Digital TV Advice is on tour – yes, I’m in Tokyo this week so what a good chance to check out the latest products in the TV world. My first thought was to see if there were any 3D TVs available using the ‘no glasses’ technology, so I paid a visit to Yodobashi Camera in Shinjuku and found that there’s one model out so far, a Toshiba Regza in two different sizes, 20 inch and 12 inch.
I positioned myself 80cm in front of the 20GL1, as instructed by the very helpful assistant, and watched a demo that consisted of a space shuttle lift-off, tropical fish, dolphins and clips from Despicable Me. While the quality was good and you definitely got the 3D effect (fantastic bit where a sea snake comes right out of the screen at you for example), there were also parts of the image that felt blurry, as if you were just starting to need glasses. The most impressive element is the ‘how do they do that?’ factor, but this is reflected very much in the price – just under 240,000 yen or around £1750.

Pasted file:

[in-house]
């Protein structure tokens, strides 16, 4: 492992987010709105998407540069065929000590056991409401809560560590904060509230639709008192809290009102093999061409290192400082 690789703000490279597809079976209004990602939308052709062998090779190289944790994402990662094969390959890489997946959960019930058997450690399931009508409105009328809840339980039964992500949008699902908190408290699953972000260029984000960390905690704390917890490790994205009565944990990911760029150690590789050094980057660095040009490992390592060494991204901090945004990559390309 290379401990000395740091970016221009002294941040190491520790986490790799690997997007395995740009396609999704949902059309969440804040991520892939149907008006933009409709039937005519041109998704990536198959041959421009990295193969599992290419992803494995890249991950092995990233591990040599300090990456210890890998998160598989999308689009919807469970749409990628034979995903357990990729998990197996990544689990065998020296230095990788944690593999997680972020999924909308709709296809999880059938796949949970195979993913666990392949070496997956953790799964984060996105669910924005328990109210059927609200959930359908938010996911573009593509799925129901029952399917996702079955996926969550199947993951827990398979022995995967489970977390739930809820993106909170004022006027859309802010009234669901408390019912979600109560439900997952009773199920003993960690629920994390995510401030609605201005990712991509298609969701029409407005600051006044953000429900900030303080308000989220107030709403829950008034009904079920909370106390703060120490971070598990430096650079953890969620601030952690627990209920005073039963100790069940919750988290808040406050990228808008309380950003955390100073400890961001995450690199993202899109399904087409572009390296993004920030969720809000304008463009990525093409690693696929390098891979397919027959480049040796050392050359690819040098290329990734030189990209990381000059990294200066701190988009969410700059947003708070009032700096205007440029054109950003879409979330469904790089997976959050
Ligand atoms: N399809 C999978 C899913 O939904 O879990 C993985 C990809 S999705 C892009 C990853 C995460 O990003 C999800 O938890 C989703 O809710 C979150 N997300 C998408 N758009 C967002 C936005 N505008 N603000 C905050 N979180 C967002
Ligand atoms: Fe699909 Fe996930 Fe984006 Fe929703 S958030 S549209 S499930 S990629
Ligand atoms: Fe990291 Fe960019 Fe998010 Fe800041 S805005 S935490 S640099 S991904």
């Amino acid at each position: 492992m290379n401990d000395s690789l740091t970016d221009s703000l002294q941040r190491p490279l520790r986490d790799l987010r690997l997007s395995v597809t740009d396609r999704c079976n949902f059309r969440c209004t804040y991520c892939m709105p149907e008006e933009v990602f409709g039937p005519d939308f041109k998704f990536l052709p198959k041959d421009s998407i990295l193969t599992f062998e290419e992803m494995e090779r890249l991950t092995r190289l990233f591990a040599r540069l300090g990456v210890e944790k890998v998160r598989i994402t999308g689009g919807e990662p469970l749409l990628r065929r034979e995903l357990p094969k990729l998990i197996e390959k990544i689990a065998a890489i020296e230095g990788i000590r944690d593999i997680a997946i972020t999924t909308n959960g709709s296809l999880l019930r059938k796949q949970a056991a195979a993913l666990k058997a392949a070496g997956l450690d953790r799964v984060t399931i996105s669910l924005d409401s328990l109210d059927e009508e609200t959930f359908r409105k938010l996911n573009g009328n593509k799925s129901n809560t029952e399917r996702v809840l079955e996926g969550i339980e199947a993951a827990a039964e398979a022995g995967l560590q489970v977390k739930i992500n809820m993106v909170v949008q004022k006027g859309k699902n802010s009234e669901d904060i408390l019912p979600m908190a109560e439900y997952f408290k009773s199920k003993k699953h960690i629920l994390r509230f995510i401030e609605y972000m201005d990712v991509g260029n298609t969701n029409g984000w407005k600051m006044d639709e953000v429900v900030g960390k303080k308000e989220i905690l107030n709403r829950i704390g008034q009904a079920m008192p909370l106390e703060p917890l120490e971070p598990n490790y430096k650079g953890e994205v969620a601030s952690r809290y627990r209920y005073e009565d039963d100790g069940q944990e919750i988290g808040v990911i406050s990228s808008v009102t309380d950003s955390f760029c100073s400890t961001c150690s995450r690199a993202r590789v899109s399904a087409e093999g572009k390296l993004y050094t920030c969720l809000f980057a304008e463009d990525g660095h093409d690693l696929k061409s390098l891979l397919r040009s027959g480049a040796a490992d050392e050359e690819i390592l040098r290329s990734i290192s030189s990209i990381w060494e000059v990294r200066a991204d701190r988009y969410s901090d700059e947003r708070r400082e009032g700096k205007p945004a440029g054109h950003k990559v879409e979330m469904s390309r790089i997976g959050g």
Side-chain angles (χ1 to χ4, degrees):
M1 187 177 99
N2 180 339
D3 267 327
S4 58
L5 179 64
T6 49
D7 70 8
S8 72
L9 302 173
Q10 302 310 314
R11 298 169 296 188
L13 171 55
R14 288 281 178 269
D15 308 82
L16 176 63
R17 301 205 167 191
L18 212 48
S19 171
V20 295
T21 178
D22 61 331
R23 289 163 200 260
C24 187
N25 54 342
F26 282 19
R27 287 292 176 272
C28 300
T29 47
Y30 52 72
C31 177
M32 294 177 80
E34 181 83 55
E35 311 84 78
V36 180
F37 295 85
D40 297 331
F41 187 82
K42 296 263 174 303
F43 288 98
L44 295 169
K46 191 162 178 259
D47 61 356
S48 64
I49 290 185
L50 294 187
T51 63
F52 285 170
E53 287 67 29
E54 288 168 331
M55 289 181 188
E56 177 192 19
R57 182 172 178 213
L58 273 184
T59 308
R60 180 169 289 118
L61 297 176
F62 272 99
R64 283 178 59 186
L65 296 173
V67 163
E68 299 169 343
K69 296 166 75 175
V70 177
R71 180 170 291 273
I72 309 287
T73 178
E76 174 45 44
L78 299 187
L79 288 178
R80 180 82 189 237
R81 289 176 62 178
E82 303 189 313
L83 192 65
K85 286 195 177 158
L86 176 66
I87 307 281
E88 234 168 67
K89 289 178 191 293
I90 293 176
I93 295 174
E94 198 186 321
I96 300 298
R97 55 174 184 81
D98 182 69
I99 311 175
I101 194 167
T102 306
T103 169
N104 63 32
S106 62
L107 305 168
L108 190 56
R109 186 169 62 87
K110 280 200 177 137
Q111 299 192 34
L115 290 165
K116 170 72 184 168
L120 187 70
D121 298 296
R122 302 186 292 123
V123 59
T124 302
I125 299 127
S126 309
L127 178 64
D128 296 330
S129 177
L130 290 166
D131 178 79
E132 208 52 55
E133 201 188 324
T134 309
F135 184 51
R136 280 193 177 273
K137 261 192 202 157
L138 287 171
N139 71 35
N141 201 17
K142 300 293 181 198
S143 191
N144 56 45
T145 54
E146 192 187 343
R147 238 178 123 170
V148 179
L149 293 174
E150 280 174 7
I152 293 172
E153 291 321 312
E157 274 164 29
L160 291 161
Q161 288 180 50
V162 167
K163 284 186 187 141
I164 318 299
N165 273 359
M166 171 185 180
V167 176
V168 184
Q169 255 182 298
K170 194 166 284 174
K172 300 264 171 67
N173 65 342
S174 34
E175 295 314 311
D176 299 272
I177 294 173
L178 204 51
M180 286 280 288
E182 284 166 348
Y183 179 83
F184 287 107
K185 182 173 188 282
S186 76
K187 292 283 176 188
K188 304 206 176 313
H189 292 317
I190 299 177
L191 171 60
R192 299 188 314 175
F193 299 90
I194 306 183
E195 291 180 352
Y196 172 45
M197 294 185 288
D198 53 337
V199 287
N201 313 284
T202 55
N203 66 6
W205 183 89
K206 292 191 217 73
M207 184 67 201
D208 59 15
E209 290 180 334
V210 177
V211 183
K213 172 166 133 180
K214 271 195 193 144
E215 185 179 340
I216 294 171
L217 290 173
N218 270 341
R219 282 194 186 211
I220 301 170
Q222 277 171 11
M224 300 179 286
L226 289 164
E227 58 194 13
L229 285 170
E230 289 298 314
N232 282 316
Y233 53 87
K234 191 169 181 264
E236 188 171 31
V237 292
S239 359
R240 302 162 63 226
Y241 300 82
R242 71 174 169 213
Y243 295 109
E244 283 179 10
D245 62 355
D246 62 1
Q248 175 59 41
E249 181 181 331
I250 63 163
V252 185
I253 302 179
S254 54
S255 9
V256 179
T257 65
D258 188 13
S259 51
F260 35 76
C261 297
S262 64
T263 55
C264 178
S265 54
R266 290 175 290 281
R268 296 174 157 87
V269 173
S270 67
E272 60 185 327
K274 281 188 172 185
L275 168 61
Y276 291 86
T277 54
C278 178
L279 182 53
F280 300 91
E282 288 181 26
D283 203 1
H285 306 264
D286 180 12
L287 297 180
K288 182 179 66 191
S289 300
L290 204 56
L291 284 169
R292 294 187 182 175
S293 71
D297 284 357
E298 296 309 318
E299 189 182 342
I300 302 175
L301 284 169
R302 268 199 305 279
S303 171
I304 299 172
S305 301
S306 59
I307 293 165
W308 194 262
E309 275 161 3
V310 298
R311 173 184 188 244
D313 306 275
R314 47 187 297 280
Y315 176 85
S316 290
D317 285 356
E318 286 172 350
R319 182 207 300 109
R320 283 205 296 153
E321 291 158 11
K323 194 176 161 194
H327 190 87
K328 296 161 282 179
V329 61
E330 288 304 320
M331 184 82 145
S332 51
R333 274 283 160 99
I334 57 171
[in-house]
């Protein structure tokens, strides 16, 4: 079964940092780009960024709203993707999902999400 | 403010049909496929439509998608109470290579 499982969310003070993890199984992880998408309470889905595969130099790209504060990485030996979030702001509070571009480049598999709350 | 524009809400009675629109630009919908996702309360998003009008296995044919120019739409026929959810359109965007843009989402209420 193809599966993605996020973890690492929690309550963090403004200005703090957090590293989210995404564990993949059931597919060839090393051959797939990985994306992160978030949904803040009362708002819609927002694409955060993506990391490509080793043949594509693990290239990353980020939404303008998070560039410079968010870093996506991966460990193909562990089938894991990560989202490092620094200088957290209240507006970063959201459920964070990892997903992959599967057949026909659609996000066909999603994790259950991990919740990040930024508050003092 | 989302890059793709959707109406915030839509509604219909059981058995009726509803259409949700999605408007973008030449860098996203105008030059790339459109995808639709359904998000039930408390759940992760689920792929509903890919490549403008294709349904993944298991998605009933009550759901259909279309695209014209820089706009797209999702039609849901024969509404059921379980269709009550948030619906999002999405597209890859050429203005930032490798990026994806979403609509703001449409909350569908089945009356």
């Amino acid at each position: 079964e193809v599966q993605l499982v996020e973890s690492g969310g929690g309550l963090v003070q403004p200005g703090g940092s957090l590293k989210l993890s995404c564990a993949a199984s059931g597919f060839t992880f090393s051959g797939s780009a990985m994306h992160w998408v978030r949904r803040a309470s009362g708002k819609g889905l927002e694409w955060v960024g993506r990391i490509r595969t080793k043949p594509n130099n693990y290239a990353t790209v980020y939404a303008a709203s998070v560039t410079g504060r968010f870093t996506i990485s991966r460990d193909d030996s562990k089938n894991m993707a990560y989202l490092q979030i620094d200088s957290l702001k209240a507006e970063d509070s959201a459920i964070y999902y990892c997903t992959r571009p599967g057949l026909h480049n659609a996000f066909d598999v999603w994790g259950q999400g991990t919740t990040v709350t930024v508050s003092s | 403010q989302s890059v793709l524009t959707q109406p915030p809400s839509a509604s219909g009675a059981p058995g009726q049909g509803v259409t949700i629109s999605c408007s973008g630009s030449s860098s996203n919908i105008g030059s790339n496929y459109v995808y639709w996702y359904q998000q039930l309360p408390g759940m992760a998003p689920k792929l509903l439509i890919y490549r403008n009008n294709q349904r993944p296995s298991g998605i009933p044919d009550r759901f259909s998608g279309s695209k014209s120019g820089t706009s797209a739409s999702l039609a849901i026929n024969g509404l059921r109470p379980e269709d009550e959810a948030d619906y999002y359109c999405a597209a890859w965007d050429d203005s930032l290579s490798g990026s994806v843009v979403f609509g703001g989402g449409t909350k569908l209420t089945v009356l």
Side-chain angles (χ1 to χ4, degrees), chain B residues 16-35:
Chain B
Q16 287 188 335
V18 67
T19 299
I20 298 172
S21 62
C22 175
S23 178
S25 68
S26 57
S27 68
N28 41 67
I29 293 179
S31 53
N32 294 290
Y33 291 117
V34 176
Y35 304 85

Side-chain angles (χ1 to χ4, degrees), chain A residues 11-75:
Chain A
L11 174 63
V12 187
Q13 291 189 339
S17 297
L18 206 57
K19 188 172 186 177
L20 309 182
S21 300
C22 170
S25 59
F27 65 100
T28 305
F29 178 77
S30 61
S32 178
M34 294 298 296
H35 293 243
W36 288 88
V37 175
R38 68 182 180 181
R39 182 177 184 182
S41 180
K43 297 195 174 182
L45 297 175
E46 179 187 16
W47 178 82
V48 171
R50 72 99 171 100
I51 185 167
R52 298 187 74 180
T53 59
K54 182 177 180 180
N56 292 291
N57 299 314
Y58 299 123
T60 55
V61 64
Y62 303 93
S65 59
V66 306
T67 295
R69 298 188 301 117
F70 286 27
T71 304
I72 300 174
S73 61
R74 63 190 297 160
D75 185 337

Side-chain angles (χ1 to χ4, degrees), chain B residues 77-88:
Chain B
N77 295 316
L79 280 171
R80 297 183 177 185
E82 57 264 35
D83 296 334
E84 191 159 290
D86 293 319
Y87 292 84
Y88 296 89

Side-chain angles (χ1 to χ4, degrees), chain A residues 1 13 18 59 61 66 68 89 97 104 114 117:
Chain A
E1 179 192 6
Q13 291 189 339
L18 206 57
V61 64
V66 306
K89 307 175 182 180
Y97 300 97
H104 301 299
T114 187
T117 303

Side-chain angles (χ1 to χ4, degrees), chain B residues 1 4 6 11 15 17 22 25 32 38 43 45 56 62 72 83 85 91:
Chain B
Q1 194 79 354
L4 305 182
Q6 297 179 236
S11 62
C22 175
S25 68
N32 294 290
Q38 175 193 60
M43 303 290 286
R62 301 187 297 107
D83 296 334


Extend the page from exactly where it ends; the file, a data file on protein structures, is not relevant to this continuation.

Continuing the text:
I don’t have 3D TV at home so to compare I went to the next display which was a Sony Bravia KDL-46L900 46 inch LED model with 3D glasses. The quality was much better and the TV, despite being over twice the screen size, was a fair bit cheaper at just under 205,000 yen or about £1475, so it’s the novelty factor you’re paying for at the moment and for some time to come but it will come down like everything else does.
The Regza glasses-less 3d system works by using nine different perspectives of each 2D frame which are then interpreted by the brain as a 3D image. Both models are flat-panel LCD displays with 1,280×720 resolution on the 20GL1 and 466×350 resolution on the 12GL1. Toshiba originally unveiled the models back in October 2010.